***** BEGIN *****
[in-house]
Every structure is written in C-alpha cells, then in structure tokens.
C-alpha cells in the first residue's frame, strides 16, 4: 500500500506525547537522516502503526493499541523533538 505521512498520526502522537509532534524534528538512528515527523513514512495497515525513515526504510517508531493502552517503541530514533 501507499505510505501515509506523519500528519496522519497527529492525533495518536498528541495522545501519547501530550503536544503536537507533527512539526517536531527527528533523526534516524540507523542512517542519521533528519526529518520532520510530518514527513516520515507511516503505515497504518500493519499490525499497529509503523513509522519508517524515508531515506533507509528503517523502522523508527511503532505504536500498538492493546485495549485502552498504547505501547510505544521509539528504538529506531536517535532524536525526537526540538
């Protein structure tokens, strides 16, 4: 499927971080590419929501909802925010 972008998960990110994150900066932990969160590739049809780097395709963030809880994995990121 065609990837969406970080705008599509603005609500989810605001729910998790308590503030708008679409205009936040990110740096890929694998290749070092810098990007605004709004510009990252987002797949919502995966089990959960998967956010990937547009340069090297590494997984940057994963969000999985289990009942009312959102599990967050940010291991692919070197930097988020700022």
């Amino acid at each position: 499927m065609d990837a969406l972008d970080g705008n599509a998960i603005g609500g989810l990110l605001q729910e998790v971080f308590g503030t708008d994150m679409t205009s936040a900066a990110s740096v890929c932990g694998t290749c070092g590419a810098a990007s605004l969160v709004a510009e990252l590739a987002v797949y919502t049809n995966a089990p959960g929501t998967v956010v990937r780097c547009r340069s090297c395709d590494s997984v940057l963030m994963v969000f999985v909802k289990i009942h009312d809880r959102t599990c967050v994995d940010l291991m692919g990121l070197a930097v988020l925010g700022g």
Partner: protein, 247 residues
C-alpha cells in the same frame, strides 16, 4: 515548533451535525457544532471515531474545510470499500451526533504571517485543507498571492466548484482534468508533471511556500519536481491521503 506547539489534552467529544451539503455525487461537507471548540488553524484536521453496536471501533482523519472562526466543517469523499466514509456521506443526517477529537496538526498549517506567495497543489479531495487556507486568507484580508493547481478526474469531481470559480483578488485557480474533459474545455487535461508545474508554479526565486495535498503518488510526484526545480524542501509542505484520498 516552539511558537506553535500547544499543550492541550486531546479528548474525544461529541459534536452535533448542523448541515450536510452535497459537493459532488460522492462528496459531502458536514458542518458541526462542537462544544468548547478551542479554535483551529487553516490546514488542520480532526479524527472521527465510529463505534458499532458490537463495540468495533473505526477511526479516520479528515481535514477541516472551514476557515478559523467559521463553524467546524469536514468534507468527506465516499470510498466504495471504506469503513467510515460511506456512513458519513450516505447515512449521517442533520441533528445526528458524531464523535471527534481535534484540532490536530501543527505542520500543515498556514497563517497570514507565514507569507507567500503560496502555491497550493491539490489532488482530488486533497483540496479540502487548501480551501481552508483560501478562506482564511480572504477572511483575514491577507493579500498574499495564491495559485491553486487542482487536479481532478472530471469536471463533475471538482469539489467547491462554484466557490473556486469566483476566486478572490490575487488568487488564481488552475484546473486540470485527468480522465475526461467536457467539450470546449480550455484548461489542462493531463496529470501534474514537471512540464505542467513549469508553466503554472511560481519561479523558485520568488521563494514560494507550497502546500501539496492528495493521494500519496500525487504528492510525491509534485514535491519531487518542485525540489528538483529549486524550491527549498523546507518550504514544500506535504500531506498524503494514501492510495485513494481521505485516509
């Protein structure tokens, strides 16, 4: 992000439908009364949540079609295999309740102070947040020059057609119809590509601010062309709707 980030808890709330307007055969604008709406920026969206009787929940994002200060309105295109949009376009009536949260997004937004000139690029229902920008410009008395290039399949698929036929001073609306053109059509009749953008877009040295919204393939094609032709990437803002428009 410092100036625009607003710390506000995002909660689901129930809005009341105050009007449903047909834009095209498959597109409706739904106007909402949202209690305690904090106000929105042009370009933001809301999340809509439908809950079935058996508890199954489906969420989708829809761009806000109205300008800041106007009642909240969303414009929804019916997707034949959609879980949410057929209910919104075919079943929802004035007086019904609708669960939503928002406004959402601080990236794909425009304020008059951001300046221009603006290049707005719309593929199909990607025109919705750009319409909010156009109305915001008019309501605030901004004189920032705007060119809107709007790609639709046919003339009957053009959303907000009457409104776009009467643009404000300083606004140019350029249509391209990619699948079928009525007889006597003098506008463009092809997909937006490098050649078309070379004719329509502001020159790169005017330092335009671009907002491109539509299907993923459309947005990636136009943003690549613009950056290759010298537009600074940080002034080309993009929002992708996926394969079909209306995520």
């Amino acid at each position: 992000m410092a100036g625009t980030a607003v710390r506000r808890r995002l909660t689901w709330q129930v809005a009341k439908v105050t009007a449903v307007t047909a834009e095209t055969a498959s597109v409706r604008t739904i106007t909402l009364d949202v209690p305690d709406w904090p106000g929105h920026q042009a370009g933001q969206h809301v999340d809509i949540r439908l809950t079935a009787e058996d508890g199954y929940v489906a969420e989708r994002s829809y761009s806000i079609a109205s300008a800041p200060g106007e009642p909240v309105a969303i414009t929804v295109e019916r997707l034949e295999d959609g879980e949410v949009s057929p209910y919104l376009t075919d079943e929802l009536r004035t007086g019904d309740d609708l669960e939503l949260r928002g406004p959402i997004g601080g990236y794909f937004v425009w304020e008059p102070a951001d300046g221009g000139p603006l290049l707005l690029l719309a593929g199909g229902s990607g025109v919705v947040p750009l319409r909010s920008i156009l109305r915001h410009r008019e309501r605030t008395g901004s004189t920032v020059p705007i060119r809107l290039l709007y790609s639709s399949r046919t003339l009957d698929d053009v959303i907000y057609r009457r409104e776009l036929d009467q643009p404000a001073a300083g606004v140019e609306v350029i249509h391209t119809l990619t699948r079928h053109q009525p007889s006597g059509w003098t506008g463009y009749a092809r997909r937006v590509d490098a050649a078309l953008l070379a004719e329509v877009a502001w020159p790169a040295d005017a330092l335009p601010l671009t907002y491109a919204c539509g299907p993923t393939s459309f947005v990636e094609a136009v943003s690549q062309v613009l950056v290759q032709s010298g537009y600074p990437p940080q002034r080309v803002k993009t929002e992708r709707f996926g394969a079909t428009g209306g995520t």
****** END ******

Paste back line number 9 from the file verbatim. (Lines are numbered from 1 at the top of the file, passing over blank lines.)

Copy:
């Amino acid at each position: 992000m410092a100036g625009t980030a607003v710390r506000r808890r995002l909660t689901w709330q129930v809005a009341k439908v105050t009007a449903v307007t047909a834009e095209t055969a498959s597109v409706r604008t739904i106007t909402l009364d949202v209690p305690d709406w904090p106000g929105h920026q042009a370009g933001q969206h809301v999340d809509i949540r439908l809950t079935a009787e058996d508890g199954y929940v489906a969420e989708r994002s829809y761009s806000i079609a109205s300008a800041p200060g106007e009642p909240v309105a969303i414009t929804v295109e019916r997707l034949e295999d959609g879980e949410v949009s057929p209910y919104l376009t075919d079943e929802l009536r004035t007086g019904d309740d609708l669960e939503l949260r928002g406004p959402i997004g601080g990236y794909f937004v425009w304020e008059p102070a951001d300046g221009g000139p603006l290049l707005l690029l719309a593929g199909g229902s990607g025109v919705v947040p750009l319409r909010s920008i156009l109305r915001h410009r008019e309501r605030t008395g901004s004189t920032v020059p705007i060119r809107l290039l709007y790609s639709s399949r046919t003339l009957d698929d053009v959303i907000y057609r009457r409104e776009l036929d009467q643009p404000a001073a300083g606004v140019e609306v350029i249509h391209t119809l990619t699948r079928h053109q009525p007889s006597g059509w003098t506008g463009y009749a092809r997909r937006v590509d490098a050649a078309l953008l070379a004719e329509v877009a502001w020159p790169a040295d005017a330092l335009p601010l671009t907002y491109a919204c539509g299907p993923t393939s459309f947005v990636e094609a136009v943003s690549q062309v613009l950056v290759q032709s010298g537009y600074p990437p940080q002034r080309v803002k993009t929002e992708r709707f996926g394969a079909t428009g209306g995520t």